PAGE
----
Furthermore, the Board held in the unpublished decision T 334/92 of 23 March 1994 that only such a document should be considered as closest state of the art for which a skilled person would have had good reasons to select its content as a basis for further development (see point 4.2 of the Reasons for the Decision).
In the Board's judgment, the selection of document (1) as the closest state of the art does not meet this criterion because the disadvantages of the process of document (1), which was published about 30 years before the priority date of the present application, resulting from the use of mineral acids as catalysts, such as corrosion problems and processing problems with respect to removal and recovery of mercaptan co-catalyst, unreacted phenol and unreacted carbonylic reagent from the mineral acids, were so evident and well known (cf., for instance, document (2), page 1, lines 19 to 53) that a skilled person would not have tried to improve and develop such an old process.
Moreover, the Examining Division in assessing the objective technical problem to be solved disregarded the results of comparative tests described in the examples of the present patent application with respect to the prior art of document (2) which clearly showed the reduction of cyclic dimers by the use of a staged mercaptan addition. However, in the Board's judgment, it is not permissible to ignore, for the purpose of defining the technical problem, technical evidence establishing technically useful results of the claimed process, including the reduction of the cyclic dimers (cf. also the decision T 334/92 mentioned above, in particular, point 4.6 of the Reasons of the Decision).
Therefore, the Examining Division was wrong in deviating from the technical problem set out in the application in suit. Thus, in the Board's judgment, it has to be accepted for the purpose of evaluating the inventive step.
4.4. It remains to be decided whether, in view of the technical problem to be solved, the requirement of inventive step is met by the claimed process.
4.5. As indicated above, document (2) (GB-A-1 185 102) relates to a process for the preparation of bisphenols by reacting a phenol with a ketone in the presence of a catalyst system containing a mercaptan and a solid, insoluble ion-exchange resin having pendant sulphonic acid groups (cf. page 1, lines 11 to 18 and lines 61 to 68). It describes that by utilising such a catalyst system, the rate of reaction between the phenol and the ketone is significantly increased, higher conversions of ketone are effected, and the bisphenol produced is substantially free of undesirable by-products, such as Dianin's Compound (cf. page 1, lines 69 to 78). However, as indicated in the present patent application, it has been discovered that this process is disadvantaged by the formation of cyclic dimers, in particular CDA and CDB (cf. page 2, lines 22 to 28, and Table 2 of the application as published). Thus, document (2) being silent on this deficiency does not give any pointer to the solution of the technical problem as defined above.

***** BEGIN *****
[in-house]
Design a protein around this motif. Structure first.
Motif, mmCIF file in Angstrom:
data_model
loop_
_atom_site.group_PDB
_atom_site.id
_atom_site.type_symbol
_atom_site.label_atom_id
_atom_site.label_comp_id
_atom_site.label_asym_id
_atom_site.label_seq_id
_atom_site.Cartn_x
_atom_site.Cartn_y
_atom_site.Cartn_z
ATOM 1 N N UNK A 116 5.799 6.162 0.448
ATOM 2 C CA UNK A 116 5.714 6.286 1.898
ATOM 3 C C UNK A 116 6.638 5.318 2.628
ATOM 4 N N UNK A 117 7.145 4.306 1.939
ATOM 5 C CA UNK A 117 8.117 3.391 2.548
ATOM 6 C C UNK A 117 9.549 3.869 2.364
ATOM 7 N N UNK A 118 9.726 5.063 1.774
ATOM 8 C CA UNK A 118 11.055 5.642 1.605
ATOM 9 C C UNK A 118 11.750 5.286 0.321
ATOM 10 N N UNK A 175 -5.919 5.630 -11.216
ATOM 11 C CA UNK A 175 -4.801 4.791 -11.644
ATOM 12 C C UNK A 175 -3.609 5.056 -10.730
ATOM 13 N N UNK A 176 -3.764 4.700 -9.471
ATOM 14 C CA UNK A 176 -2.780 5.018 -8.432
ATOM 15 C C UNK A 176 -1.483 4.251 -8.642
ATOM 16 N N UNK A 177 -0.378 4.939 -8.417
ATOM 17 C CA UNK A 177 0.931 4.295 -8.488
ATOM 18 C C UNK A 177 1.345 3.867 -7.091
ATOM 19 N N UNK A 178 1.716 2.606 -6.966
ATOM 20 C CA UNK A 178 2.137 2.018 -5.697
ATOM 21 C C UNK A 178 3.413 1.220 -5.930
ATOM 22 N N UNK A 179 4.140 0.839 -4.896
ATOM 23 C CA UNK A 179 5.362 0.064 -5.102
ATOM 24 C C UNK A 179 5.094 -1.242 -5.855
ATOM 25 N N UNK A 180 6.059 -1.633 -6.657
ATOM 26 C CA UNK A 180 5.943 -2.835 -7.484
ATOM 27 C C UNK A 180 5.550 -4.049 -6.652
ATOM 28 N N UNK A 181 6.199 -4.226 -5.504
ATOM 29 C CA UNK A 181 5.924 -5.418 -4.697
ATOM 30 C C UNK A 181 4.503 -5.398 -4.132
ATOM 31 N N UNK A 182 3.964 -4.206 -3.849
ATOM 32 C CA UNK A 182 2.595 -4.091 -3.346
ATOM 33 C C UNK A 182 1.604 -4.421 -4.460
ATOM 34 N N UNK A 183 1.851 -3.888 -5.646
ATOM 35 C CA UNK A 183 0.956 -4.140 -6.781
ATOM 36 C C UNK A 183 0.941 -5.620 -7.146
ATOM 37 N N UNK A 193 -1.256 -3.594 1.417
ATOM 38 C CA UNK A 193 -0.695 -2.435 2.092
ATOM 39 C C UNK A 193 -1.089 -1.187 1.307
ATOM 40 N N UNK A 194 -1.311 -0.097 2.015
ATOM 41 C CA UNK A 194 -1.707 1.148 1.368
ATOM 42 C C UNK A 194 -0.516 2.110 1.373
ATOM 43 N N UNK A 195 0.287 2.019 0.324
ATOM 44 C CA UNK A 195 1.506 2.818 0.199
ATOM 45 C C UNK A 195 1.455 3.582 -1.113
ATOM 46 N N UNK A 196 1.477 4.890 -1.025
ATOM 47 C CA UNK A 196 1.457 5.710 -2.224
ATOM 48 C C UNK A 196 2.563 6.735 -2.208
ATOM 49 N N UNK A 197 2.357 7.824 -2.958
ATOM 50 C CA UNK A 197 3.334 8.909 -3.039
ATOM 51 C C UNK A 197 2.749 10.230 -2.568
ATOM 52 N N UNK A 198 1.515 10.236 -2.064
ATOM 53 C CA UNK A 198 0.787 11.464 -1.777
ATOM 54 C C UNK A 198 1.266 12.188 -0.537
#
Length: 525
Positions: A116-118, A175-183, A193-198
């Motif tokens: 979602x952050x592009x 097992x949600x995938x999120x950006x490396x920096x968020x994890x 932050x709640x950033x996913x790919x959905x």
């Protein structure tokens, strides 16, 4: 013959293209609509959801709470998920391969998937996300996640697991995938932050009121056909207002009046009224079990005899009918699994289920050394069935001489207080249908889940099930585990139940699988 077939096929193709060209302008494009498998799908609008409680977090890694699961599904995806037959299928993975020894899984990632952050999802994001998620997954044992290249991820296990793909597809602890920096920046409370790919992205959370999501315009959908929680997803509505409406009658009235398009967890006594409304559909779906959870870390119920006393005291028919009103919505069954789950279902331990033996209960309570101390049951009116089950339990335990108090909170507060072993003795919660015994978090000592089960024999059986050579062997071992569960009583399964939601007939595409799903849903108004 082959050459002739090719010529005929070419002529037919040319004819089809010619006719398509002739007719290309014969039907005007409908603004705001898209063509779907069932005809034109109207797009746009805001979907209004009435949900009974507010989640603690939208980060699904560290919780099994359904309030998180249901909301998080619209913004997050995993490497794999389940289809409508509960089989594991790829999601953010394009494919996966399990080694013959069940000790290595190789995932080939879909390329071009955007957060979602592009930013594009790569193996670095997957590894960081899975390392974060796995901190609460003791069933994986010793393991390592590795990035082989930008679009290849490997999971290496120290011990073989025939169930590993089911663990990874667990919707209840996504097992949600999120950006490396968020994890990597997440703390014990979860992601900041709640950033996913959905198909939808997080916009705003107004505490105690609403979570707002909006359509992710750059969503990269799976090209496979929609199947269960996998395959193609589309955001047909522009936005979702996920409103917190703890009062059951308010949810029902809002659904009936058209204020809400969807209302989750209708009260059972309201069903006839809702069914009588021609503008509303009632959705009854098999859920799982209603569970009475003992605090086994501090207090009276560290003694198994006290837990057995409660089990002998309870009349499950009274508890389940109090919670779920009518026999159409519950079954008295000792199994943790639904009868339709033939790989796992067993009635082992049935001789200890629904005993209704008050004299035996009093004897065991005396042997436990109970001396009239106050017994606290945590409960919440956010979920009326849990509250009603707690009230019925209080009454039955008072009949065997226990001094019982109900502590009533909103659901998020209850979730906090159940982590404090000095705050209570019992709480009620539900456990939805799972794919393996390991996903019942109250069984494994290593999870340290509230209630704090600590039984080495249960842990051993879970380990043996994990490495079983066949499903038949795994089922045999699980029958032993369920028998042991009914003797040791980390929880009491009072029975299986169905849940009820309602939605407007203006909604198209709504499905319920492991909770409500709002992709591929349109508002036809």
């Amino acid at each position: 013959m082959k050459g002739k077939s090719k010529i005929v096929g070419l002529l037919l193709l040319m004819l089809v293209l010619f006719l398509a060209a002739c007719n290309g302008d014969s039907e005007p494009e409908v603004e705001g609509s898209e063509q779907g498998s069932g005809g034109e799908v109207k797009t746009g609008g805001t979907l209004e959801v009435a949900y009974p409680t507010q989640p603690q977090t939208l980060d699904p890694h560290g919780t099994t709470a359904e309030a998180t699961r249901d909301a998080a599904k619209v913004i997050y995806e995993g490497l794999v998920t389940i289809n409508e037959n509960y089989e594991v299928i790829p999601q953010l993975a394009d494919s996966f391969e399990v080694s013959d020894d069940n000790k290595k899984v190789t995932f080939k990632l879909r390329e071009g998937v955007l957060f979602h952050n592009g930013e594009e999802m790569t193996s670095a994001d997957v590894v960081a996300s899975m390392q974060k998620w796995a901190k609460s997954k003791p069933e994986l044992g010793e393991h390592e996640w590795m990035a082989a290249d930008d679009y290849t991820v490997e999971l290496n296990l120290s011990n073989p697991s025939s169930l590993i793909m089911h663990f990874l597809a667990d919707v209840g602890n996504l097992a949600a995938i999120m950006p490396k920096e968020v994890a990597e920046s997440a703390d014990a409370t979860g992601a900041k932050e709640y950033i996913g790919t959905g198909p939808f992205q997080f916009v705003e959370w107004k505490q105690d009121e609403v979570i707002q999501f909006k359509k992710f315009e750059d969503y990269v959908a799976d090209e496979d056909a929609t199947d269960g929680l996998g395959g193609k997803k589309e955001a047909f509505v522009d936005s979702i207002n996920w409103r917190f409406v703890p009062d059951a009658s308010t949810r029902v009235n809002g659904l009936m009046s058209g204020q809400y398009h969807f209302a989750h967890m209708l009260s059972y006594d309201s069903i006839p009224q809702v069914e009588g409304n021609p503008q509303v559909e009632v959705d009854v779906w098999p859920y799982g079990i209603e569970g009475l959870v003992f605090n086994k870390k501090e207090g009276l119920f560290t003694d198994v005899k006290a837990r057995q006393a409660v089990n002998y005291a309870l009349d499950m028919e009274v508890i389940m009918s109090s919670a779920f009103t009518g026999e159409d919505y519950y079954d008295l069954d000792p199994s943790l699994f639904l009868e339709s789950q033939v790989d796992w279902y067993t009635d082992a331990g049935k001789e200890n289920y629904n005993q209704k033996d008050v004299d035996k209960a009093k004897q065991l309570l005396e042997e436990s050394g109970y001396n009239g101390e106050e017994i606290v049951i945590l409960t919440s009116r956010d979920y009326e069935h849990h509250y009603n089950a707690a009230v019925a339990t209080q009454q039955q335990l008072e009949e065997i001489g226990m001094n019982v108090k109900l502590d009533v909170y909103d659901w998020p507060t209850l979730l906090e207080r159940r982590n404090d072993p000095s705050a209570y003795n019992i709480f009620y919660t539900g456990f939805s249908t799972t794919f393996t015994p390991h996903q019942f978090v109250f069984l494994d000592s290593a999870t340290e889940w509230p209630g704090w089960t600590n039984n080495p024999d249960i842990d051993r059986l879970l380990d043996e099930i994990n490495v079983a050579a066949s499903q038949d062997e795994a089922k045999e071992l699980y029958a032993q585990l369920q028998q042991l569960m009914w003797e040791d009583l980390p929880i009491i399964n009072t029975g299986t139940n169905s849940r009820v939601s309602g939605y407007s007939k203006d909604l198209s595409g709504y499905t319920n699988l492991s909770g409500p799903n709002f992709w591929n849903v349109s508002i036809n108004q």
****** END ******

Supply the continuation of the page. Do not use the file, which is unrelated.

4.6. Document (1) concerns a process for the preparation of bisphenols by the acid catalysed condensation of a phenol with a carbonylic compound, which comprises reacting of the phenol with the carbonylic compound in a mole ratio of at least 5:1 and in a plurality of successive reaction stages maintained at temperatures between about 20°C and 110°C, the reactants introduced into the first reaction stage comprising substantially all of the phenol compound but only a part of the carbonylic compound, and the remainder of the carbonylic compound being introduced into at least one subsequent reaction stage (cf. page 1, line 81 to page 2, line 10). It discloses that the staged addition of the carbonylic compound, and consequently the high ratio of the phenol compound to the carbonylic compound in the first reaction stage of the process, permits the use of a lower temperature in the initial stage of the reaction and provides advantages with respect to the product purity (cf. page 1, lines 59 to 67, and page 2, lines 56 to 75). In addition it describes that the preferred acid catalyst is hydrogen chloride and that the reaction is preferably carried out in the presence of a mercaptan, in particular methyl mercaptan, as a reaction promoter (cf. page 3, line 71 to page 4, line 27). The methyl mercaptan may be introduced into the system as a solution in some or all of the carbonylic reactant and/or by its direct introduction into the reactant stages to which the carbonylic reactant is added (cf. page 4, lines 28 to 32).
Although, in the Board's judgment, it could be derived from the disclosure of this document that the mercaptan co-catalyst may be introduced into the reaction in a staged way, there is no indication that by doing so any advantage is achieved, let alone the product purity could be improved. In addition, this document neither discloses the use of an acid cation-exchange resin catalyst, nor the forming of the cyclic dimers CDA and CDB which - as contended by the Appellant - is associated with the use of such a catalyst.
Therefore, also document (1) does not hold out any prospect to the skilled person for the solution of the existing technical problem.
4.7. In conclusion, the Board finds that the process according to Claim 1 involves an inventive step, because it would not have been obvious to the skilled person to solve the above defined technical problem by the staged addition of the mercaptan co-catalyst.
4.8. Dependent Claims 2 to 7, which relate to the preferred embodiments of the process claimed in Claim 1, are also allowable for the reasons stated above.
For these reasons, it is decided that:
1. The decision under appeal is set aside.
2. The case is remitted to the first instance with the order to grant a patent with the set of Claims 1 to 7 received during oral proceedings after adaptation of the description.